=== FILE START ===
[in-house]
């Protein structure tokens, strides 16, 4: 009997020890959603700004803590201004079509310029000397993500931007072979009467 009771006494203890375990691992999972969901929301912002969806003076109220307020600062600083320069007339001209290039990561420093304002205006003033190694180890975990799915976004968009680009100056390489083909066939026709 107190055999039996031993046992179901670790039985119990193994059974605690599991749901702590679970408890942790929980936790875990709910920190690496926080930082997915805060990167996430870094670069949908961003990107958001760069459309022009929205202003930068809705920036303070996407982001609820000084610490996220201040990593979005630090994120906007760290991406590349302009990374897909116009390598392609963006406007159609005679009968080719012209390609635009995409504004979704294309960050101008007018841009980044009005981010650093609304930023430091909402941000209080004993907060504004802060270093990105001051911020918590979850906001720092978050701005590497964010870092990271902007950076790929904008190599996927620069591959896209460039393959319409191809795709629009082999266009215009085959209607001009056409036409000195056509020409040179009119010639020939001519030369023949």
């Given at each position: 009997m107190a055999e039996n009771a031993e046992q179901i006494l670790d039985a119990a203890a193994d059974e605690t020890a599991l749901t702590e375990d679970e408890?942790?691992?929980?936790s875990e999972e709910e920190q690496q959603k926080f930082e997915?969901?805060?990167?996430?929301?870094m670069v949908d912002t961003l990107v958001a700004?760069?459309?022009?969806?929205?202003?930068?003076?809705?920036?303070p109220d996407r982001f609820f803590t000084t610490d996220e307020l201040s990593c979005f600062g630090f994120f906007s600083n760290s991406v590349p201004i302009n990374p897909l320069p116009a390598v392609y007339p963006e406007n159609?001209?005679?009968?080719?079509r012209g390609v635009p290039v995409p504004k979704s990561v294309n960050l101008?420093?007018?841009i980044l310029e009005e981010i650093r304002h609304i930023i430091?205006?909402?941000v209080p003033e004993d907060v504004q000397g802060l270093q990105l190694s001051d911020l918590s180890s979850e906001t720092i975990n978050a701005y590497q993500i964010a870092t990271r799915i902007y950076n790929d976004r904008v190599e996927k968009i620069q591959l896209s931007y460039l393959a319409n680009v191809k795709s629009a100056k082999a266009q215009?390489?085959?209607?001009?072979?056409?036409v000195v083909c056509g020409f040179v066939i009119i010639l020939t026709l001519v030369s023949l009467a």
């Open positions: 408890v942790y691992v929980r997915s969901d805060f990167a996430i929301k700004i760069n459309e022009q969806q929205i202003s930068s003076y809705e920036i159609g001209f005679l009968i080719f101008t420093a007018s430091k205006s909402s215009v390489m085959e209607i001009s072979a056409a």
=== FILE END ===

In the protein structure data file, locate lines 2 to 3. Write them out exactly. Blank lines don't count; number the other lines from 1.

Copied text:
């Protein structure tokens, strides 16, 4: 009997020890959603700004803590201004079509310029000397993500931007072979009467 009771006494203890375990691992999972969901929301912002969806003076109220307020600062600083320069007339001209290039990561420093304002205006003033190694180890975990799915976004968009680009100056390489083909066939026709 107190055999039996031993046992179901670790039985119990193994059974605690599991749901702590679970408890942790929980936790875990709910920190690496926080930082997915805060990167996430870094670069949908961003990107958001760069459309022009929205202003930068809705920036303070996407982001609820000084610490996220201040990593979005630090994120906007760290991406590349302009990374897909116009390598392609963006406007159609005679009968080719012209390609635009995409504004979704294309960050101008007018841009980044009005981010650093609304930023430091909402941000209080004993907060504004802060270093990105001051911020918590979850906001720092978050701005590497964010870092990271902007950076790929904008190599996927620069591959896209460039393959319409191809795709629009082999266009215009085959209607001009056409036409000195056509020409040179009119010639020939001519030369023949």
């Given at each position: 009997m107190a055999e039996n009771a031993e046992q179901i006494l670790d039985a119990a203890a193994d059974e605690t020890a599991l749901t702590e375990d679970e408890?942790?691992?929980?936790s875990e999972e709910e920190q690496q959603k926080f930082e997915?969901?805060?990167?996430?929301?870094m670069v949908d912002t961003l990107v958001a700004?760069?459309?022009?969806?929205?202003?930068?003076?809705?920036?303070p109220d996407r982001f609820f803590t000084t610490d996220e307020l201040s990593c979005f600062g630090f994120f906007s600083n760290s991406v590349p201004i302009n990374p897909l320069p116009a390598v392609y007339p963006e406007n159609?001209?005679?009968?080719?079509r012209g390609v635009p290039v995409p504004k979704s990561v294309n960050l101008?420093?007018?841009i980044l310029e009005e981010i650093r304002h609304i930023i430091?205006?909402?941000v209080p003033e004993d907060v504004q000397g802060l270093q990105l190694s001051d911020l918590s180890s979850e906001t720092i975990n978050a701005y590497q993500i964010a870092t990271r799915i902007y950076n790929d976004r904008v190599e996927k968009i620069q591959l896209s931007y460039l393959a319409n680009v191809k795709s629009a100056k082999a266009q215009?390489?085959?209607?001009?072979?056409?036409v000195v083909c056509g020409f040179v066939i009119i010639l020939t026709l001519v030369s023949l009467a």